How Do Mortgage Lenders Decide How Much You Can Borrow?

When you visit your lender to get a mortgage for your home, they will tell you the maximum amount that you are allowed to borrow. But how do they reach this total and what factors do they take into consideration?

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How do they determine that one borrower can take on a bigger mortgage than the next? This decision is made by mortgage companies by considering a wide range of factors, including your credit information, your salary and much more.

Here Are Some Of The Common Ways That Lenders Determine How Much You Can Borrow:

1. Percentage Of Gross Monthly Income

Many lenders follow the rule that your monthly mortgage payment should never exceed 28% of your gross monthly income.

This will ensure that you are not stretched too far with your mortgage payments and you will be more likely to be able to pay them off. Remember, your gross monthly income is the total amount of money that you have been paid, before deductions from social security, taxes, savings plans, child support, etc.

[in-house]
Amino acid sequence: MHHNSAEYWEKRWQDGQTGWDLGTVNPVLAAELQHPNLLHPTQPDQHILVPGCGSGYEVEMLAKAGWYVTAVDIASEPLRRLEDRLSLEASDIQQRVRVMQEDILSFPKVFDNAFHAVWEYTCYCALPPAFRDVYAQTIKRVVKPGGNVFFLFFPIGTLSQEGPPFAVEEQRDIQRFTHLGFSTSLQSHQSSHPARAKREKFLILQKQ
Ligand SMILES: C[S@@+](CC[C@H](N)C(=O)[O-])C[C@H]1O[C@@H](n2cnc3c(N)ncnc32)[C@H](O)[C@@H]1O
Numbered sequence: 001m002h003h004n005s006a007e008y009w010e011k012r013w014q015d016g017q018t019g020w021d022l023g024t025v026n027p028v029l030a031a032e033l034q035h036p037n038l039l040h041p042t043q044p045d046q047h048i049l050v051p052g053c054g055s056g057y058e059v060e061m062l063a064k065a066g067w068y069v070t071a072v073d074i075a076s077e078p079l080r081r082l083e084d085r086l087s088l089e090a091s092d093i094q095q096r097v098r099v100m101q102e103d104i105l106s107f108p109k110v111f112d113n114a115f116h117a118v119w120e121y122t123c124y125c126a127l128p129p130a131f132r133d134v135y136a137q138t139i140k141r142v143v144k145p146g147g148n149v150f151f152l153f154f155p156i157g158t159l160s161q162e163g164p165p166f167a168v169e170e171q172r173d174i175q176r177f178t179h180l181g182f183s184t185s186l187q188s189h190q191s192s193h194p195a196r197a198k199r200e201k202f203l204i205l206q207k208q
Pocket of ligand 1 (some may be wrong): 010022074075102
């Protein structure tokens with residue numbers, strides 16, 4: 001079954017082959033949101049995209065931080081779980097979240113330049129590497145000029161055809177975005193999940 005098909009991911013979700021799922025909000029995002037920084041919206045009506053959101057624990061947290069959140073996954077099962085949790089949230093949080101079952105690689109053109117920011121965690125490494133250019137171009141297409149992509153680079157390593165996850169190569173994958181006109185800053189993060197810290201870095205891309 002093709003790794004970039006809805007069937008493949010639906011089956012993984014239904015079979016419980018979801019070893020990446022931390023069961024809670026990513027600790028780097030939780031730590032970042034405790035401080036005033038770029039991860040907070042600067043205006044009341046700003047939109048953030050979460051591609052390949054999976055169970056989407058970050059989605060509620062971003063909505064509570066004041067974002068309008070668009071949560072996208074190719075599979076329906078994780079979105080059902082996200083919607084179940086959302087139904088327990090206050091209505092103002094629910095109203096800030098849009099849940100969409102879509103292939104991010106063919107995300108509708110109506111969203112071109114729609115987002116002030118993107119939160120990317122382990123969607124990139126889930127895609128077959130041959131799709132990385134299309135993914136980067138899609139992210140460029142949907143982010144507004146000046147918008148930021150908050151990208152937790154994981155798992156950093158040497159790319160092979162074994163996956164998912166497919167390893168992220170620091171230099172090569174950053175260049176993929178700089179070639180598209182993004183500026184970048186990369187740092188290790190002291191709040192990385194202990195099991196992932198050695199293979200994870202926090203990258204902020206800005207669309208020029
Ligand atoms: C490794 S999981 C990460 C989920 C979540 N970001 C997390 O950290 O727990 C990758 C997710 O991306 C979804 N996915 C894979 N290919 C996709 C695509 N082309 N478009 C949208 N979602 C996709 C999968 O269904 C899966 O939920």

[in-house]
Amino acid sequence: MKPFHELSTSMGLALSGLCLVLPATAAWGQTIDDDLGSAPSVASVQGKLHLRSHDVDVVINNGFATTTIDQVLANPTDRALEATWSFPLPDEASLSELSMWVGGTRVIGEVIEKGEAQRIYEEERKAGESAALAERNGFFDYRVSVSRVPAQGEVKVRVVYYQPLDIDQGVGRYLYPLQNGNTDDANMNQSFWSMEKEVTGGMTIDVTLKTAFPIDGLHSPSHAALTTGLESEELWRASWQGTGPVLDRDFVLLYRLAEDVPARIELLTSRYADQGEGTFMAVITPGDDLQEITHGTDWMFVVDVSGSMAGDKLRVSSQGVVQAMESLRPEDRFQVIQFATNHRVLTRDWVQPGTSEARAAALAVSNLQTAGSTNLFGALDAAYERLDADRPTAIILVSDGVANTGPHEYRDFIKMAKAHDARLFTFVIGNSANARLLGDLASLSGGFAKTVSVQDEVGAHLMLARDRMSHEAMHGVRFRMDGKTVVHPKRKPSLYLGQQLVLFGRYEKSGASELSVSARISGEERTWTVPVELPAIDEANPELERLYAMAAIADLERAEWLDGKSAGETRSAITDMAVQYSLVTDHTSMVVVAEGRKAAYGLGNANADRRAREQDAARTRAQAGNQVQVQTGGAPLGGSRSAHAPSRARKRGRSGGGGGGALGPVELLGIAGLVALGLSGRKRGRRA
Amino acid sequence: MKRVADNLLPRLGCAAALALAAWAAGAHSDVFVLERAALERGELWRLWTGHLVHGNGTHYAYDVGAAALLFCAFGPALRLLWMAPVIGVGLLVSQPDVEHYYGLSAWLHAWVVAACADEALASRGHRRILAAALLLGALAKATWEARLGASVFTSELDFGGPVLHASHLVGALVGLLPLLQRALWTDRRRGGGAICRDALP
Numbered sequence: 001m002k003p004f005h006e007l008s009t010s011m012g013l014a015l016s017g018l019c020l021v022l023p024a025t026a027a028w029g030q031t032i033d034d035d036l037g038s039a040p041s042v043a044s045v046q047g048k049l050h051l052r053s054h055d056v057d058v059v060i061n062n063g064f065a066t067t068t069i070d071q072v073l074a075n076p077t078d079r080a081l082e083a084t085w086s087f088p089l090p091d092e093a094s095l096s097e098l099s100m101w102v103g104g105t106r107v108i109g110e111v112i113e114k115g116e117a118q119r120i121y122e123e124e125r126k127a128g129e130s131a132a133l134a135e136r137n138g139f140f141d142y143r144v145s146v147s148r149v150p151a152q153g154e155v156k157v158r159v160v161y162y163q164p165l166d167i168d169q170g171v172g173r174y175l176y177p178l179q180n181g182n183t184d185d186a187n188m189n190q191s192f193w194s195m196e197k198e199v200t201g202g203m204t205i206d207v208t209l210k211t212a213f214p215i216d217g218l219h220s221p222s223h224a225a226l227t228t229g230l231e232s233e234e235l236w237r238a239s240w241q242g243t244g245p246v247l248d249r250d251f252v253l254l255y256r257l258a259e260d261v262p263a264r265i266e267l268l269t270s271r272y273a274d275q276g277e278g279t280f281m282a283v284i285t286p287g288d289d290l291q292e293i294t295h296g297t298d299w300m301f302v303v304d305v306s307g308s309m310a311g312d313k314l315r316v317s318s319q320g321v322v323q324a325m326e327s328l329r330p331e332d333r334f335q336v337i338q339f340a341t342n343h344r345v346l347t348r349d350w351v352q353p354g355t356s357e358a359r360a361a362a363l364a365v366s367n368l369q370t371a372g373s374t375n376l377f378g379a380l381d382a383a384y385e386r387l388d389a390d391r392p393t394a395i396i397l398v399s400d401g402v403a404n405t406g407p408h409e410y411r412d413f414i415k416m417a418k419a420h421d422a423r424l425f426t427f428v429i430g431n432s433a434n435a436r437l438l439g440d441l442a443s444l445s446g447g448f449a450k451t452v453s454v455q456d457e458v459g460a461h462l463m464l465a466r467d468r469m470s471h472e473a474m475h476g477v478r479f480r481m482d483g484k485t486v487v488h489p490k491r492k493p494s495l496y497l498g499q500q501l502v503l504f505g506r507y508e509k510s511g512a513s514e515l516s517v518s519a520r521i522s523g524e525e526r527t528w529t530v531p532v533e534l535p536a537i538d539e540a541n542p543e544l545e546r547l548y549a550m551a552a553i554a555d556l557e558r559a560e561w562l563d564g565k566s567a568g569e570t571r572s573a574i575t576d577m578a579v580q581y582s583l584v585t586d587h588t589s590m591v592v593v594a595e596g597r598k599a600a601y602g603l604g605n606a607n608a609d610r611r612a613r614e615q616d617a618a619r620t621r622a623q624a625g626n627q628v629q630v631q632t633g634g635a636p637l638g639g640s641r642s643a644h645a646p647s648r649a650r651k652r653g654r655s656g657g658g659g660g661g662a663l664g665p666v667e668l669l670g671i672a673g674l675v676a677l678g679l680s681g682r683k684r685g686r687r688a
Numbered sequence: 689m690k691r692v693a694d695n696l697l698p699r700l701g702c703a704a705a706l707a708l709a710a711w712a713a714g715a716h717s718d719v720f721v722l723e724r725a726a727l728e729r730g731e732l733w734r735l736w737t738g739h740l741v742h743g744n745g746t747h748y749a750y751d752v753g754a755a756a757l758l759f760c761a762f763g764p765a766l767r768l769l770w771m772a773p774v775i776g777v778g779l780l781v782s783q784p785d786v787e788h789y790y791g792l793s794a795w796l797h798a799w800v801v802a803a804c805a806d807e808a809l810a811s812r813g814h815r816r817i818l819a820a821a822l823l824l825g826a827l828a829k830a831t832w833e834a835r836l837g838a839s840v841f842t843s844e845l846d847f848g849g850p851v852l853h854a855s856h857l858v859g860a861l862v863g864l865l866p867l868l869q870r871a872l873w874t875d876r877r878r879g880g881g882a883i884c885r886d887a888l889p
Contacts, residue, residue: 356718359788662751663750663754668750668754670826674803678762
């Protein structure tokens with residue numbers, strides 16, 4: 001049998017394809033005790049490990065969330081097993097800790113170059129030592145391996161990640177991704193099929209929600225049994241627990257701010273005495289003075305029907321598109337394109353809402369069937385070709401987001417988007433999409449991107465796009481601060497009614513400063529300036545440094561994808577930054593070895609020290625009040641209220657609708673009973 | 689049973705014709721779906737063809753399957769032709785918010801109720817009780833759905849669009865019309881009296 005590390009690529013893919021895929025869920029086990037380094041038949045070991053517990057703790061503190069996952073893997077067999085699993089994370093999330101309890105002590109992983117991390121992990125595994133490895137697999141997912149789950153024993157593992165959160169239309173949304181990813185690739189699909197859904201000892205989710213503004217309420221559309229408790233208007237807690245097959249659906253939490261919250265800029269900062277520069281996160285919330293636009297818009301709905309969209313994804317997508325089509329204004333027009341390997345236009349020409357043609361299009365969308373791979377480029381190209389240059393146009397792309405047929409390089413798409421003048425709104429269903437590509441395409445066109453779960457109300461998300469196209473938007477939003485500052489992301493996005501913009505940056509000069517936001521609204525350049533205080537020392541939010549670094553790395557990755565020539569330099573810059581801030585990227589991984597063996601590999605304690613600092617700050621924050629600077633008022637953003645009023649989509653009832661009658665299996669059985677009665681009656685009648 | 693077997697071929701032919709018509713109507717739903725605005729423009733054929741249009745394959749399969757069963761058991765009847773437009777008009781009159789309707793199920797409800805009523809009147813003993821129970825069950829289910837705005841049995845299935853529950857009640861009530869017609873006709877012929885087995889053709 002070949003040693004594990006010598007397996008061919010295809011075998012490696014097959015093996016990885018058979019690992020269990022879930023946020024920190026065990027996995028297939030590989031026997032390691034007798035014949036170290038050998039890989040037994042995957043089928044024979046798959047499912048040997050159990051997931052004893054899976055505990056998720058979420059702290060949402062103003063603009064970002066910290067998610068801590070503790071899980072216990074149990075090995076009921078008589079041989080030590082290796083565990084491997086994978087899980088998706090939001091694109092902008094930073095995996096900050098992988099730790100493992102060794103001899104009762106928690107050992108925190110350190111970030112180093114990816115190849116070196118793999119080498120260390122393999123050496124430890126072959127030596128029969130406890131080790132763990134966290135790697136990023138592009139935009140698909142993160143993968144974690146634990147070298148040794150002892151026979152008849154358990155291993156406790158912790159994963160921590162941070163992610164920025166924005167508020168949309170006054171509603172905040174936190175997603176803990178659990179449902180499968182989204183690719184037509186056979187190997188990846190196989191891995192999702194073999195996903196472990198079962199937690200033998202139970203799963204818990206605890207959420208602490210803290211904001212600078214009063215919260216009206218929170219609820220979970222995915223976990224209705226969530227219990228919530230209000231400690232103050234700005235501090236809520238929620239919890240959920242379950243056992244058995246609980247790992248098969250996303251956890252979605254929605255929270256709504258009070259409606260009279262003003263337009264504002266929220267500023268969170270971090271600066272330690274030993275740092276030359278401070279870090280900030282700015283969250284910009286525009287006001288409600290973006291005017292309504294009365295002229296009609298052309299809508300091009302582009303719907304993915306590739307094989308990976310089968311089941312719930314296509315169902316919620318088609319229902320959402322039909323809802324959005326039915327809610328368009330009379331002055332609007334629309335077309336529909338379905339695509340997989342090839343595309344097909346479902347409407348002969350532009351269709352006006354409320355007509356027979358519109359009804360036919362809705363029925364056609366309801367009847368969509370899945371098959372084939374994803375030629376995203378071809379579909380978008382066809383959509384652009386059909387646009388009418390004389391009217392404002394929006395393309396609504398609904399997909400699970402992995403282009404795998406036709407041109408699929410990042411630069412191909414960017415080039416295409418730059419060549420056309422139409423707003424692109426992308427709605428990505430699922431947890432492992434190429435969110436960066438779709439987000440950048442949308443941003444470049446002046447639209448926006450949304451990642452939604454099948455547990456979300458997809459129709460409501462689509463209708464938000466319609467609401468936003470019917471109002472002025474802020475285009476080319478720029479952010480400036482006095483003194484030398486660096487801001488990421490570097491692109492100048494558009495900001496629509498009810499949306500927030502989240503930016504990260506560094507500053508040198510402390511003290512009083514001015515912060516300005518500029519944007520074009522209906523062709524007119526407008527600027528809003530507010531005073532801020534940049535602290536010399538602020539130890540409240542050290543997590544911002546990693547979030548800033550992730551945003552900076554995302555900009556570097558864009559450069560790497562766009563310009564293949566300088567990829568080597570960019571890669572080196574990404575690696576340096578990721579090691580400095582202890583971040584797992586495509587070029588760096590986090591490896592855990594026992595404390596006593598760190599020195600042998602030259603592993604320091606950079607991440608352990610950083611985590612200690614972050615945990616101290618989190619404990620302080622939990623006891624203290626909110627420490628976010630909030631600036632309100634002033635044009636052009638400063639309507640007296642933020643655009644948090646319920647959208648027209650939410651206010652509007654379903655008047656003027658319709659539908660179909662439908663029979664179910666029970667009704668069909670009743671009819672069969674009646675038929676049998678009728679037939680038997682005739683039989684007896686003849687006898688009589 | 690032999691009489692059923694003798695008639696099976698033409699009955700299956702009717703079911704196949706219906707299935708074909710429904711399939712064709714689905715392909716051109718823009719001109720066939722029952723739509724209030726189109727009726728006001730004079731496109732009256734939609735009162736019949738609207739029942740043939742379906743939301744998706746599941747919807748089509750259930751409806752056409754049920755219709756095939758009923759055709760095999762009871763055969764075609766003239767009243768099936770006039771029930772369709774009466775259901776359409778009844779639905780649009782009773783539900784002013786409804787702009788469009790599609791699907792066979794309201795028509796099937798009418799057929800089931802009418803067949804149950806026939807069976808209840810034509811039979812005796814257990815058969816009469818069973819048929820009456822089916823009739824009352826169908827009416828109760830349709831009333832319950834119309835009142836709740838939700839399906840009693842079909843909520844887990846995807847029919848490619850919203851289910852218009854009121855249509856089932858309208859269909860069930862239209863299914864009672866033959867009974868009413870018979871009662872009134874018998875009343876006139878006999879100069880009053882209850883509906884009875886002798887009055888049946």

2. Debt To Income Ratio

Another formula that mortgage lenders use is the “Debt to Income” ratio, which refers to the percentage of your gross monthly income that is taken up by debts. This takes into account any other debts, such as credit cards and loans. Many lenders say that the total of your debts shouldn’t exceed 36% of your gross monthly income.

The lender will look at all of the different types of debt you have and how well you have paid your bills over the years. By using one of these two formulas, your mortgage lender calculates the size of a mortgage that you can afford.

Of course, there are many other factors that need to be considered, such as the term length of the loan, the size of your down payment and the interest rate.

Remember that when factoring in your income, you usually have to have a stable job for at least two years in a row to be able to count your income. If you want to increase your chances, you could consider paying down your debts or buying with a co-borrower, which will improve your debt to income ratio.

For more info about mortgages and your home, contact your mortgage professional.

Written by Dennis Frank – Kent Real Estate Agent – Call Now @ 253-561-1763

Legal Secrets For Homeowners!

Being a homeowner is exciting. It can be financially rewarding, too. Unfortunately, it can also put you in a tough legal position.

Between the complexities of owning a house, having to deal with lenders and the risk that comes from owning something valuable, keeping yourself legally protected is a good idea.